Tata Vega and Merry Clayton may never have become stars in the conventional sense of the word, but they are stars in their field, and have enjoyed the kind of rewards that only a long-term career in a field that you love can bring. You may not have known their names until now, but you know their voices. Thatís Clayton singing the lyric "Rape, murder, itís only a shot away" on the Rolling Stonesí "Gimme Shelter" and thatís Vega as the voice of Shug Avery in THE COLOR PURPLE and on its soundtrack. Thanks to documentarian Morgan Neville, we get to meet Vega, Clayton, and a host of other back-up singers who have made indelible, and I think integral, contributions to popular music. Without them, no "dah doo run run run, da doo run run." Think about it.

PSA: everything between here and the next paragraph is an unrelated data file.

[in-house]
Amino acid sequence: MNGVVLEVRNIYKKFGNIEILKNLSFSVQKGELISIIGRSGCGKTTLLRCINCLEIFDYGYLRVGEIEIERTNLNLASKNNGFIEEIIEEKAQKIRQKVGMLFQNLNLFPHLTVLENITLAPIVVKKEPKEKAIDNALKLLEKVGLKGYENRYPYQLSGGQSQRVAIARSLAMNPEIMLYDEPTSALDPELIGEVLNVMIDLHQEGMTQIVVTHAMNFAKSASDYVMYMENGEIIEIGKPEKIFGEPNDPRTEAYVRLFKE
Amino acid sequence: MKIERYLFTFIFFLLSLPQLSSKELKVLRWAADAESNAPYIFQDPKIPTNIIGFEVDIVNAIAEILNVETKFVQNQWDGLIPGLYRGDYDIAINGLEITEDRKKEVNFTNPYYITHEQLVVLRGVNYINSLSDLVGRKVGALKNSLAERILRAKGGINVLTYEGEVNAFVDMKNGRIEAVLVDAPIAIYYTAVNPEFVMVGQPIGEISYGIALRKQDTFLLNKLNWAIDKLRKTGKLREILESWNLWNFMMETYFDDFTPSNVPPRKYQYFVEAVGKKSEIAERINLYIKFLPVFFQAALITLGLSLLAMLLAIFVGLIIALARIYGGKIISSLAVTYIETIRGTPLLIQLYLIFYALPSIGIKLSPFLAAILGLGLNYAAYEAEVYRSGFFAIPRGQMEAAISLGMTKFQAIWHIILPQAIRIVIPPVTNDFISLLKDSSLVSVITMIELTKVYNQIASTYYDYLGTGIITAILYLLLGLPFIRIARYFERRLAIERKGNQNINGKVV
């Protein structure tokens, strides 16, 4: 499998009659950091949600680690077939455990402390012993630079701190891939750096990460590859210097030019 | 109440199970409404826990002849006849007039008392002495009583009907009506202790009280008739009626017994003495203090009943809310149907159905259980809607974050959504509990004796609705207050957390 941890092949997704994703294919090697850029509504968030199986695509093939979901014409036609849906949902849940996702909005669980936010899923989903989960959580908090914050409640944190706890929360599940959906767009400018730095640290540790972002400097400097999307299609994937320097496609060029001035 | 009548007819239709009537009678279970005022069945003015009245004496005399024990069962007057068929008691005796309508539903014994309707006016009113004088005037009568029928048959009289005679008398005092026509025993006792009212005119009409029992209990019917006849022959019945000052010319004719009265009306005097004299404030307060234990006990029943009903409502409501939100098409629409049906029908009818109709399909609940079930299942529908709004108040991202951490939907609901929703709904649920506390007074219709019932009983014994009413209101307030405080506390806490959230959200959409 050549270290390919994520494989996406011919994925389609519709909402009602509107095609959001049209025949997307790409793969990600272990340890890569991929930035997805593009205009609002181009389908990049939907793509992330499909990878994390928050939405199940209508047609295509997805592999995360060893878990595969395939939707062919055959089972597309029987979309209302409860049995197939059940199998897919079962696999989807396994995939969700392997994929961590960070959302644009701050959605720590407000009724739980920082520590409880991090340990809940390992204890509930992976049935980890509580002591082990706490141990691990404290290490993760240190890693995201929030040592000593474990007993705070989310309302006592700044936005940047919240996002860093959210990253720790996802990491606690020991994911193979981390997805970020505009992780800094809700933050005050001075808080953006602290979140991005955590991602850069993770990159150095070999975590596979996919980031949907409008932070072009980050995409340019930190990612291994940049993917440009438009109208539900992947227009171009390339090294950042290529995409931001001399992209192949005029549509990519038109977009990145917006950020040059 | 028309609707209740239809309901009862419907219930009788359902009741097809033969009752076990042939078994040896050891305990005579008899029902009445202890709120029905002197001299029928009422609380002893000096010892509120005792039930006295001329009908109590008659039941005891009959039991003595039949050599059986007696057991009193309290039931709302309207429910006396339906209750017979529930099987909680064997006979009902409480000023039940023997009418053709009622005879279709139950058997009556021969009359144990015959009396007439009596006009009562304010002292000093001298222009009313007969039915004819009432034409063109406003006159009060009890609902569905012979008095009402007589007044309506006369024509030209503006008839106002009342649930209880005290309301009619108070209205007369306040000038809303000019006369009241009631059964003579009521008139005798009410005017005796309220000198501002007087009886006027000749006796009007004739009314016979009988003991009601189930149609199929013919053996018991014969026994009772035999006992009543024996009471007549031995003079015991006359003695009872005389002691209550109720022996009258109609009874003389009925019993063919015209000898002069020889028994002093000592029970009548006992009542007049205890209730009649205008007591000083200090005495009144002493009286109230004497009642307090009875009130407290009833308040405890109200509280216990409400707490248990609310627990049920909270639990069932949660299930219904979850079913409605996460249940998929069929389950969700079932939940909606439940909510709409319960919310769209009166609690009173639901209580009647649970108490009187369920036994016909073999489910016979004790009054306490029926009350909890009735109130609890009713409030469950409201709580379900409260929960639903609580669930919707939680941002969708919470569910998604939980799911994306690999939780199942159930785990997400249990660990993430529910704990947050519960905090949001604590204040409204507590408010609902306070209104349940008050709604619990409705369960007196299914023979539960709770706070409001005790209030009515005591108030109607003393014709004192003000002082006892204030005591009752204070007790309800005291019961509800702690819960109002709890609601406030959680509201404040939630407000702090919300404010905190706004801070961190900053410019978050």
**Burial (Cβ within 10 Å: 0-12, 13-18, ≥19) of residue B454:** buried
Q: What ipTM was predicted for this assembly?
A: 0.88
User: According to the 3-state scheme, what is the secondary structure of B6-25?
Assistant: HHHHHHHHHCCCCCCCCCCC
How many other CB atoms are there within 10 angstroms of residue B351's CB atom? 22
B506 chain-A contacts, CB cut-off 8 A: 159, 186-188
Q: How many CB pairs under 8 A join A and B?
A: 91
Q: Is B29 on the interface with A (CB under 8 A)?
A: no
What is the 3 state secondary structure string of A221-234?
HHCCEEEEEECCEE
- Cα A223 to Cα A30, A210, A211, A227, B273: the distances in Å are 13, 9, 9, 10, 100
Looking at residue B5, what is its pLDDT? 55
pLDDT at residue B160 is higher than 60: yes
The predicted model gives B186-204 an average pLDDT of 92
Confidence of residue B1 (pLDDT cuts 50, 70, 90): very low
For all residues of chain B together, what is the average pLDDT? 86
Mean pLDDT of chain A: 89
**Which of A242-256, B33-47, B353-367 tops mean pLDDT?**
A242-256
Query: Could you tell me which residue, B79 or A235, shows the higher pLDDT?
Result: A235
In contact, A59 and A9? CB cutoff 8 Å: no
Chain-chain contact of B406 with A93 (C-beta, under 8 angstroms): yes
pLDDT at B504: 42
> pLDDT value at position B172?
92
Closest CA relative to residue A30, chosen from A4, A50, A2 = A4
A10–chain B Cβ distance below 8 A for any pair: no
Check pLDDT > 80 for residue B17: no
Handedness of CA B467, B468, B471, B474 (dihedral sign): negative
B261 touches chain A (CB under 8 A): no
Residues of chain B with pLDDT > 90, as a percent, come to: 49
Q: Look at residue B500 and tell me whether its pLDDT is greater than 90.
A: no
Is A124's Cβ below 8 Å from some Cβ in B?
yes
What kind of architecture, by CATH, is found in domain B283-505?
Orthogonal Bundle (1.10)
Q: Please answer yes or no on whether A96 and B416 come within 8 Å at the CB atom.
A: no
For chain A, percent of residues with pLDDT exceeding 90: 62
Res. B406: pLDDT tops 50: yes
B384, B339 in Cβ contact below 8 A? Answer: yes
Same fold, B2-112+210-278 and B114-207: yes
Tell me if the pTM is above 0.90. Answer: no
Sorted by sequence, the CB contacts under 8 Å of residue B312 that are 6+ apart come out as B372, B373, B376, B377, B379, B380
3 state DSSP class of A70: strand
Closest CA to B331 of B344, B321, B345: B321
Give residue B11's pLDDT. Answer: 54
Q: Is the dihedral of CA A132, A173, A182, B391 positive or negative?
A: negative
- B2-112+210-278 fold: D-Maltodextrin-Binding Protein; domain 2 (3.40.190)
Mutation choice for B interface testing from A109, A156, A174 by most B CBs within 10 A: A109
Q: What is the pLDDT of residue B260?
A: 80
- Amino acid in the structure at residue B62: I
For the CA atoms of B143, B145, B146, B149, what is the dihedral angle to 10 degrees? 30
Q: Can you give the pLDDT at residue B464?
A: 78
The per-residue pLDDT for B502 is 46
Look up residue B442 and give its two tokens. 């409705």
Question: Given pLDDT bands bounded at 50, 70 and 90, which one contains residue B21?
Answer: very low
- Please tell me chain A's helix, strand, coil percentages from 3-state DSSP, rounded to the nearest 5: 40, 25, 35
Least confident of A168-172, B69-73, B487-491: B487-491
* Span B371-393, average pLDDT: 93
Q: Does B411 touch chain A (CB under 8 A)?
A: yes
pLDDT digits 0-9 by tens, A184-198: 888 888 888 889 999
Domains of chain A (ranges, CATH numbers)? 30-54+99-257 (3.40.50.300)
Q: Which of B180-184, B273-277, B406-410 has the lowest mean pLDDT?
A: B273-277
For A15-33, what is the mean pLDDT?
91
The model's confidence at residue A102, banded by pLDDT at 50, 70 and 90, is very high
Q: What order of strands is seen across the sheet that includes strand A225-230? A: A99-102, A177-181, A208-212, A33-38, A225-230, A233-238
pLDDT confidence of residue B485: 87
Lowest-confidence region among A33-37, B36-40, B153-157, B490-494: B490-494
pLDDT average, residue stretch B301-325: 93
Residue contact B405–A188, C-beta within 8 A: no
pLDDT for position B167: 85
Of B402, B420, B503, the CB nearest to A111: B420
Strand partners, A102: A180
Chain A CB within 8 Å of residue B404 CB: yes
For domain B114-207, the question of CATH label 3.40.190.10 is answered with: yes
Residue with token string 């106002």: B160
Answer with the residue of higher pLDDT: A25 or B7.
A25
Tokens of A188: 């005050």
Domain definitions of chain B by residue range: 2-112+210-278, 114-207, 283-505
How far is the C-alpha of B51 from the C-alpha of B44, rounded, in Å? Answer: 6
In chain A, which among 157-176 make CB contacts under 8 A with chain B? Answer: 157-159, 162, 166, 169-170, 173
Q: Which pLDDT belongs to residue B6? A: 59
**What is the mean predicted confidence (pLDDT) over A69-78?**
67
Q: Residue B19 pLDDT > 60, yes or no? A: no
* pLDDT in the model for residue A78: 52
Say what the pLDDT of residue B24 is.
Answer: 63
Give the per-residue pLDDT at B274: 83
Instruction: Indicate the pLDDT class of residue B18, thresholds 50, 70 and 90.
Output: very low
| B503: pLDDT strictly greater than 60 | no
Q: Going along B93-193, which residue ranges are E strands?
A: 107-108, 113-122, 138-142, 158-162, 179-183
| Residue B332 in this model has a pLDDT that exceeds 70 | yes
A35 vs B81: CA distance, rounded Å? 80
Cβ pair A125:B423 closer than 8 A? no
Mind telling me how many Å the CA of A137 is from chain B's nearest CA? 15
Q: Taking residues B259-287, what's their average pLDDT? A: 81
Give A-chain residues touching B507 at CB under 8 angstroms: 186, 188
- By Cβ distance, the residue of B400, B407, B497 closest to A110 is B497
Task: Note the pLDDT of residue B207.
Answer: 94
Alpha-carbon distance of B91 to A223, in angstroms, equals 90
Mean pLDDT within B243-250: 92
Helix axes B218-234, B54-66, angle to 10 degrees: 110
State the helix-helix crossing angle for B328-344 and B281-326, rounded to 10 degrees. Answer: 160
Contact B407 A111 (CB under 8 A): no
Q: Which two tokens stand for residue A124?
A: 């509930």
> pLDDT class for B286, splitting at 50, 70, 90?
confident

The title of the film refers to the distance between the back-up singers such as Clayton and Vega, and the stars they sing behind. Itís not the spotlight, but it does bring grounding, income, and the sort of perspective that only artists who have seen the stars come and go can have. In person, Vega and Clayton both have star quality, and too many great stories to fit into any interview of less than several daysí duration. Like Neville, a filmmaker who has focused his art on the music world and its denizens, I was smart enough to just sit back, relax, and listen as the ladies talked about music as a higher, truly spiritual calling before getting to their lives out of the spotlight, from Clatyonís angel husband, to Vegaís hard knocks that have left her, of all things, truly grateful.